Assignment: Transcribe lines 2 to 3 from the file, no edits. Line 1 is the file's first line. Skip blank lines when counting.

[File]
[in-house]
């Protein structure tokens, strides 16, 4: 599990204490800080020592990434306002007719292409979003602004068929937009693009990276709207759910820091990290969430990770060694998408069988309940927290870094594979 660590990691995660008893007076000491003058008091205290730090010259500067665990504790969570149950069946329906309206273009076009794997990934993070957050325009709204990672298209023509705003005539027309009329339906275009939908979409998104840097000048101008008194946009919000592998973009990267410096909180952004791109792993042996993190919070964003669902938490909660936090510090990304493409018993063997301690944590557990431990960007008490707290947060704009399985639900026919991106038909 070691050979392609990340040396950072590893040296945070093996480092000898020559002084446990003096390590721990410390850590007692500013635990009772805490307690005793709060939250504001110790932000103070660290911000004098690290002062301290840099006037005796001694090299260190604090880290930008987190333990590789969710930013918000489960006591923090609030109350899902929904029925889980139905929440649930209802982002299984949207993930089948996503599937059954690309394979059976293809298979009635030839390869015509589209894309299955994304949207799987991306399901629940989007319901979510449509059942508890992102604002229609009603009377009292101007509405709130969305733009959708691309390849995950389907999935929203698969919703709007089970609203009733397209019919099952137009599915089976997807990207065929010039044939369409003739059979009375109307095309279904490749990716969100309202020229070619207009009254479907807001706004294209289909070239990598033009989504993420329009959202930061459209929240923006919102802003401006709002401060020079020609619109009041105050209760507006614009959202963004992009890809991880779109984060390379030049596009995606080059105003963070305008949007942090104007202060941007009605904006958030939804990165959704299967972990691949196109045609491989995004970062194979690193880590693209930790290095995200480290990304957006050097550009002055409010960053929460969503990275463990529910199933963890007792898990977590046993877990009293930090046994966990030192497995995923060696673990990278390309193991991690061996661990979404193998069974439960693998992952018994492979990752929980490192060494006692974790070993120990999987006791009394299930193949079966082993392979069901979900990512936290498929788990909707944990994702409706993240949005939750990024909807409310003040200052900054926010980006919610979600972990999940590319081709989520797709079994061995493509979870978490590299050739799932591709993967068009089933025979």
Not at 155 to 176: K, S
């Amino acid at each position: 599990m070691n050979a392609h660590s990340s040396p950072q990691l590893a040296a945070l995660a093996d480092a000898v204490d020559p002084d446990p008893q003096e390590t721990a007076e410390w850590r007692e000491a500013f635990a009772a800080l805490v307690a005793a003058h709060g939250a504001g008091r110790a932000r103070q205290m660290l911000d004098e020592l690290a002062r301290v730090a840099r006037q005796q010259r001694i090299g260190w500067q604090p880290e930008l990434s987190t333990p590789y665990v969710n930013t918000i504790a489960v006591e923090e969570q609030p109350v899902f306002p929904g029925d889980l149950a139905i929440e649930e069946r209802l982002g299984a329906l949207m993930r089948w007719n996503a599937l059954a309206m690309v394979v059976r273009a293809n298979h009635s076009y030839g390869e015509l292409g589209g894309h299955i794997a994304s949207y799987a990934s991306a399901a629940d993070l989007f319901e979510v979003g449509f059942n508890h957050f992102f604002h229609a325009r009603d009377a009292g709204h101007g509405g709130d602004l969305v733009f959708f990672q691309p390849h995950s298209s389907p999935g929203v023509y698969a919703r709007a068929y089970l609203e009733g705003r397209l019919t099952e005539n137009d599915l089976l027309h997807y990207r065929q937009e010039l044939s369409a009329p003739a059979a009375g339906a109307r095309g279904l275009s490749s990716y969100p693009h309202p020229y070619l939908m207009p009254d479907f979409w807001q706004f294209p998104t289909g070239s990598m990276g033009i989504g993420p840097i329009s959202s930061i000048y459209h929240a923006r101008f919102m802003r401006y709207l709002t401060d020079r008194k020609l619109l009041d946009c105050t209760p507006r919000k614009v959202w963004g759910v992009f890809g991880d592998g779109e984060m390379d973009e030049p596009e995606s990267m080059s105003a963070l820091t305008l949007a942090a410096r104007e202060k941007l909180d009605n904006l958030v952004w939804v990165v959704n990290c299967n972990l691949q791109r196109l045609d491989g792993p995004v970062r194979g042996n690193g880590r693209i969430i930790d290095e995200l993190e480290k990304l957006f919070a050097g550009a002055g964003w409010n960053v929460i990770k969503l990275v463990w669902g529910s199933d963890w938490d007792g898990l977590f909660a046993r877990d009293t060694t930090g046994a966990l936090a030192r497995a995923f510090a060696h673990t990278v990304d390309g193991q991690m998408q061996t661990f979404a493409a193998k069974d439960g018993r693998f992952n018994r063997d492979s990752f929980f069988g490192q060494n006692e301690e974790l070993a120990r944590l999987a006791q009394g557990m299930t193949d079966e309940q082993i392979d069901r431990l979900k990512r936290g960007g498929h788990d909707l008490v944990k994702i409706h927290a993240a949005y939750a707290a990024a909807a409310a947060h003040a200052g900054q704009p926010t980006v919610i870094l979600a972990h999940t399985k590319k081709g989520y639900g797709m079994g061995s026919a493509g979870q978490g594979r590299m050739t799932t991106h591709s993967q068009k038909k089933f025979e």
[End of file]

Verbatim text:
């Protein structure tokens, strides 16, 4: 599990204490800080020592990434306002007719292409979003602004068929937009693009990276709207759910820091990290969430990770060694998408069988309940927290870094594979 660590990691995660008893007076000491003058008091205290730090010259500067665990504790969570149950069946329906309206273009076009794997990934993070957050325009709204990672298209023509705003005539027309009329339906275009939908979409998104840097000048101008008194946009919000592998973009990267410096909180952004791109792993042996993190919070964003669902938490909660936090510090990304493409018993063997301690944590557990431990960007008490707290947060704009399985639900026919991106038909 070691050979392609990340040396950072590893040296945070093996480092000898020559002084446990003096390590721990410390850590007692500013635990009772805490307690005793709060939250504001110790932000103070660290911000004098690290002062301290840099006037005796001694090299260190604090880290930008987190333990590789969710930013918000489960006591923090609030109350899902929904029925889980139905929440649930209802982002299984949207993930089948996503599937059954690309394979059976293809298979009635030839390869015509589209894309299955994304949207799987991306399901629940989007319901979510449509059942508890992102604002229609009603009377009292101007509405709130969305733009959708691309390849995950389907999935929203698969919703709007089970609203009733397209019919099952137009599915089976997807990207065929010039044939369409003739059979009375109307095309279904490749990716969100309202020229070619207009009254479907807001706004294209289909070239990598033009989504993420329009959202930061459209929240923006919102802003401006709002401060020079020609619109009041105050209760507006614009959202963004992009890809991880779109984060390379030049596009995606080059105003963070305008949007942090104007202060941007009605904006958030939804990165959704299967972990691949196109045609491989995004970062194979690193880590693209930790290095995200480290990304957006050097550009002055409010960053929460969503990275463990529910199933963890007792898990977590046993877990009293930090046994966990030192497995995923060696673990990278390309193991991690061996661990979404193998069974439960693998992952018994492979990752929980490192060494006692974790070993120990999987006791009394299930193949079966082993392979069901979900990512936290498929788990909707944990994702409706993240949005939750990024909807409310003040200052900054926010980006919610979600972990999940590319081709989520797709079994061995493509979870978490590299050739799932591709993967068009089933025979």
Not at 155 to 176: K, S